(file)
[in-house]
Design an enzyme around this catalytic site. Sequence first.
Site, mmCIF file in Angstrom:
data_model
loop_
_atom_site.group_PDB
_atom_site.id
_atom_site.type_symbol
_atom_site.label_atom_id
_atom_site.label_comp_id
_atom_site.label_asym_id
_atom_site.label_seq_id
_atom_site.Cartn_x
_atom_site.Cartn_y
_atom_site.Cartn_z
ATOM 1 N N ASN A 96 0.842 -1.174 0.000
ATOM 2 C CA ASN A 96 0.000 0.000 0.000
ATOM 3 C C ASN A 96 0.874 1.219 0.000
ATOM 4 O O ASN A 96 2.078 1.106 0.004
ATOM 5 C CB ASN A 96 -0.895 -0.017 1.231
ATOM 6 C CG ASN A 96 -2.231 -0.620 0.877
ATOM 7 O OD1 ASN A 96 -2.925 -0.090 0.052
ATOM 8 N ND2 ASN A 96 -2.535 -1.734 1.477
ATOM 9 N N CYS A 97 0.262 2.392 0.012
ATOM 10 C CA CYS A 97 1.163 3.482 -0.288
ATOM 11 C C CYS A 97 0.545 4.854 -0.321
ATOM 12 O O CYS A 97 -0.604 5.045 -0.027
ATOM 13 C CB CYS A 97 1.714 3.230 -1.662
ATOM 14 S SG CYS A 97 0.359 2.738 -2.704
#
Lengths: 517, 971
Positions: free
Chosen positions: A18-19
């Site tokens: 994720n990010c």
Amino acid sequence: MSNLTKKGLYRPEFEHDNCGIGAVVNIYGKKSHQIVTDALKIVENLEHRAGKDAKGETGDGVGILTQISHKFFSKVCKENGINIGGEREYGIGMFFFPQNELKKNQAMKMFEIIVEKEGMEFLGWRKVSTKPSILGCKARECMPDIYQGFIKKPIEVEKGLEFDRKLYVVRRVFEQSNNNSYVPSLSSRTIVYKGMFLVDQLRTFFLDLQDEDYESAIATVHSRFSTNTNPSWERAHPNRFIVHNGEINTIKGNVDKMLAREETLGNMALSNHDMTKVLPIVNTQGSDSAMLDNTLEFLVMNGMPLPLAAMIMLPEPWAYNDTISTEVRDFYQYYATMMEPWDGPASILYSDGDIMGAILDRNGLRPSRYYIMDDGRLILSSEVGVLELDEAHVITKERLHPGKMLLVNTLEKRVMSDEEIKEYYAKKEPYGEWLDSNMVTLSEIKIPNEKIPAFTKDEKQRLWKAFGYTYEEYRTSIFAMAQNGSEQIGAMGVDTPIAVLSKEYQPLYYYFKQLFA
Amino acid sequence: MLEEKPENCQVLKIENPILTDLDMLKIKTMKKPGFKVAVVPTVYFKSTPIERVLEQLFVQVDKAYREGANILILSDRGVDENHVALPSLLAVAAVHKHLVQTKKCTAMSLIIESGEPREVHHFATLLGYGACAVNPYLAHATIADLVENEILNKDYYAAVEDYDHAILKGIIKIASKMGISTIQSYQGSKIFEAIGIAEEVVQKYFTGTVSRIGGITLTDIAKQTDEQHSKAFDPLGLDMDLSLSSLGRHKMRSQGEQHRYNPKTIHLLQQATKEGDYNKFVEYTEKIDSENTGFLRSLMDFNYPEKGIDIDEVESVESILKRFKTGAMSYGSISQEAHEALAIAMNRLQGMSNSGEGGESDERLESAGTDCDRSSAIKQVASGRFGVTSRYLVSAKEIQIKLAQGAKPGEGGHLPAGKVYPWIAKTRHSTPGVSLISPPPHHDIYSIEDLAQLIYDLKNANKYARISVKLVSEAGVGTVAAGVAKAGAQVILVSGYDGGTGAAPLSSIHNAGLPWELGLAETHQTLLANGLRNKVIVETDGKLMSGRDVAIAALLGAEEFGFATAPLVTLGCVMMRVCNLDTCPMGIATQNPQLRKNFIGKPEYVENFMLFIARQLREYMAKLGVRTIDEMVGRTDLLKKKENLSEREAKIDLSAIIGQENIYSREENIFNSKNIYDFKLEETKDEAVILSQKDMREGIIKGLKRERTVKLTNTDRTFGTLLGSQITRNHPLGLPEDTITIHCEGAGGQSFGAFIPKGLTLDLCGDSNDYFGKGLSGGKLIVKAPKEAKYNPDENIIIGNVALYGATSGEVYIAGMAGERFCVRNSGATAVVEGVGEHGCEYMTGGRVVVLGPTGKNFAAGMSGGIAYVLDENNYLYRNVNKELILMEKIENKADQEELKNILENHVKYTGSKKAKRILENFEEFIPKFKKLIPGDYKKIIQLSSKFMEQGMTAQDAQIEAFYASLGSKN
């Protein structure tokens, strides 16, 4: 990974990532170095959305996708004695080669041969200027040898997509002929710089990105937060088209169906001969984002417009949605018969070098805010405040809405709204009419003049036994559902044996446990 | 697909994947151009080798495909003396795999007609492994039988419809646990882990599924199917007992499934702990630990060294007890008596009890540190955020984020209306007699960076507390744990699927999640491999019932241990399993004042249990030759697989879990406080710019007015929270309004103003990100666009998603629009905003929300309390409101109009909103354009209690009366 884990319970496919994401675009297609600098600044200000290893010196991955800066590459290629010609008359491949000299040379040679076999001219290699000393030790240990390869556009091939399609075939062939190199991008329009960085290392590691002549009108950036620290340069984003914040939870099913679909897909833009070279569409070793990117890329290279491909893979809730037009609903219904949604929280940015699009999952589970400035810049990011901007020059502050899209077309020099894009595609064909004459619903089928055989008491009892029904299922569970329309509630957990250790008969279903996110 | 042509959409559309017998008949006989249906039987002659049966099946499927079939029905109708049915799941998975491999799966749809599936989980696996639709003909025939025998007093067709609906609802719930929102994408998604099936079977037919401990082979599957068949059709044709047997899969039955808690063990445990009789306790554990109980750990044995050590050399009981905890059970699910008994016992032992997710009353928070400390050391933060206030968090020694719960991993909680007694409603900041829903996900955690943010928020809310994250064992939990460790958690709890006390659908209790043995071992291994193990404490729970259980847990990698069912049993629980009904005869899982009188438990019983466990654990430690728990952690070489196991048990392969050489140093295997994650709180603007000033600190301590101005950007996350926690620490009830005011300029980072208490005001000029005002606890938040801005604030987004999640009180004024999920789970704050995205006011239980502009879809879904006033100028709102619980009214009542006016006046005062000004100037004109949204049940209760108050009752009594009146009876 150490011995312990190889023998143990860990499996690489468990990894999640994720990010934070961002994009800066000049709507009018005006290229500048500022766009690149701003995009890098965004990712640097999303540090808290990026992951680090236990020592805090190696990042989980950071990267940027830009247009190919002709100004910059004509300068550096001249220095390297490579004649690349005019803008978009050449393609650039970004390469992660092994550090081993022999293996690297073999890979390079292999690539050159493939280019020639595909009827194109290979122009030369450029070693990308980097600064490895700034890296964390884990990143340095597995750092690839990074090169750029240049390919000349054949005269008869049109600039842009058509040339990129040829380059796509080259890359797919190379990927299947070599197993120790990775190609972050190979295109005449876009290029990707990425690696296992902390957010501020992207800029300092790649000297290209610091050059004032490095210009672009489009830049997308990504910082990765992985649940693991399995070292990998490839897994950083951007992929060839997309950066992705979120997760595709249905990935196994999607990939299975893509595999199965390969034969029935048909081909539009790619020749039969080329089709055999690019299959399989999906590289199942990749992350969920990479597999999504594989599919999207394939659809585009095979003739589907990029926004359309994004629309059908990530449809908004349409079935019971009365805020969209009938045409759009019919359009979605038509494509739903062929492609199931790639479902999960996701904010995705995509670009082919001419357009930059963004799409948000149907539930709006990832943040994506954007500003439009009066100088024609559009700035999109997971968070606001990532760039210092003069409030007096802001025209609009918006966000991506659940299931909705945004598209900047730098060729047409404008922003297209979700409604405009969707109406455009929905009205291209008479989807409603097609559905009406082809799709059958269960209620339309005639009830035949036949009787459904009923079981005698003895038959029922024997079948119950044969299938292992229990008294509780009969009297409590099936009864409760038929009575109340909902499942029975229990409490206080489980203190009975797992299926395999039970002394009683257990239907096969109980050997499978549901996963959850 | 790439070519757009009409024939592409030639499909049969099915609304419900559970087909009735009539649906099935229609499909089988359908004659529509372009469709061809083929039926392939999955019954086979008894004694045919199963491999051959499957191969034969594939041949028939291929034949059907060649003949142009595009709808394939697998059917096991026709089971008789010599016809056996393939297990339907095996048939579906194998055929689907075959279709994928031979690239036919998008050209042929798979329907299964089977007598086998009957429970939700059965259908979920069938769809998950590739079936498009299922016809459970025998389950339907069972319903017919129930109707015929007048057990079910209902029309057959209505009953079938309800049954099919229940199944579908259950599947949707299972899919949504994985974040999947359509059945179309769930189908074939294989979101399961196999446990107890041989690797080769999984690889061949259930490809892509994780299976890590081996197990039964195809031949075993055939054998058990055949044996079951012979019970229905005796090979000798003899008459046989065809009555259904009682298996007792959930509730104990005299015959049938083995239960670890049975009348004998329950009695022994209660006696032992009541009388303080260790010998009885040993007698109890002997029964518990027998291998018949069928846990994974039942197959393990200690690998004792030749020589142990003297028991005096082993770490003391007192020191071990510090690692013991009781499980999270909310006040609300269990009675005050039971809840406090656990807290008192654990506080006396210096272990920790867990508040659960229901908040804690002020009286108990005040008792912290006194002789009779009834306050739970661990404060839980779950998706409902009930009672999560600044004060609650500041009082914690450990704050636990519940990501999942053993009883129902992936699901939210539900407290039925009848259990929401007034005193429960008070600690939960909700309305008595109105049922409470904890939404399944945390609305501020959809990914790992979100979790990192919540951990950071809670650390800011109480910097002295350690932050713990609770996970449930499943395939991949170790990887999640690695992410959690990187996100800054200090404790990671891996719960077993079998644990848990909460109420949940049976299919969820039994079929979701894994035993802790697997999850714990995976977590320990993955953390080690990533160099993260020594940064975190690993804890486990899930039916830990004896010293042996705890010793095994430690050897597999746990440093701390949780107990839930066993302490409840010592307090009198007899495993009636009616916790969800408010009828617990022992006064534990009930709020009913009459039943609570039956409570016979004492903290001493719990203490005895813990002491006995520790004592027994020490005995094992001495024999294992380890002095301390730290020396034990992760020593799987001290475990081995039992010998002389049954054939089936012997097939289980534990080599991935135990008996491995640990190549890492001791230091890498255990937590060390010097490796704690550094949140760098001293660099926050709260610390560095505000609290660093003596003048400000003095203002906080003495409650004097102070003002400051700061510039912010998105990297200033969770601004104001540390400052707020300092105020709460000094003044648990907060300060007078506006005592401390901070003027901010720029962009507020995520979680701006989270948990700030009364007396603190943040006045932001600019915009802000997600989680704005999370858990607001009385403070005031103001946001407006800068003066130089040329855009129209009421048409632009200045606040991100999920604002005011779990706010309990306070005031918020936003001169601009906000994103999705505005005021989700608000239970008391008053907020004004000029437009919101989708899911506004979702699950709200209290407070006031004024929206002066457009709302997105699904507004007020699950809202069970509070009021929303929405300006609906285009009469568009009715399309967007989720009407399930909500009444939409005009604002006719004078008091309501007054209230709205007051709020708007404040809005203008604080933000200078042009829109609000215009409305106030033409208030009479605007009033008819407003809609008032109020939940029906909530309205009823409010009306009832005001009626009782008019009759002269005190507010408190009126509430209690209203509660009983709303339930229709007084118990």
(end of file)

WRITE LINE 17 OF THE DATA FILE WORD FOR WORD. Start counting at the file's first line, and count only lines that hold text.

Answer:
ATOM 2 C CA ASN A 96 0.000 0.000 0.000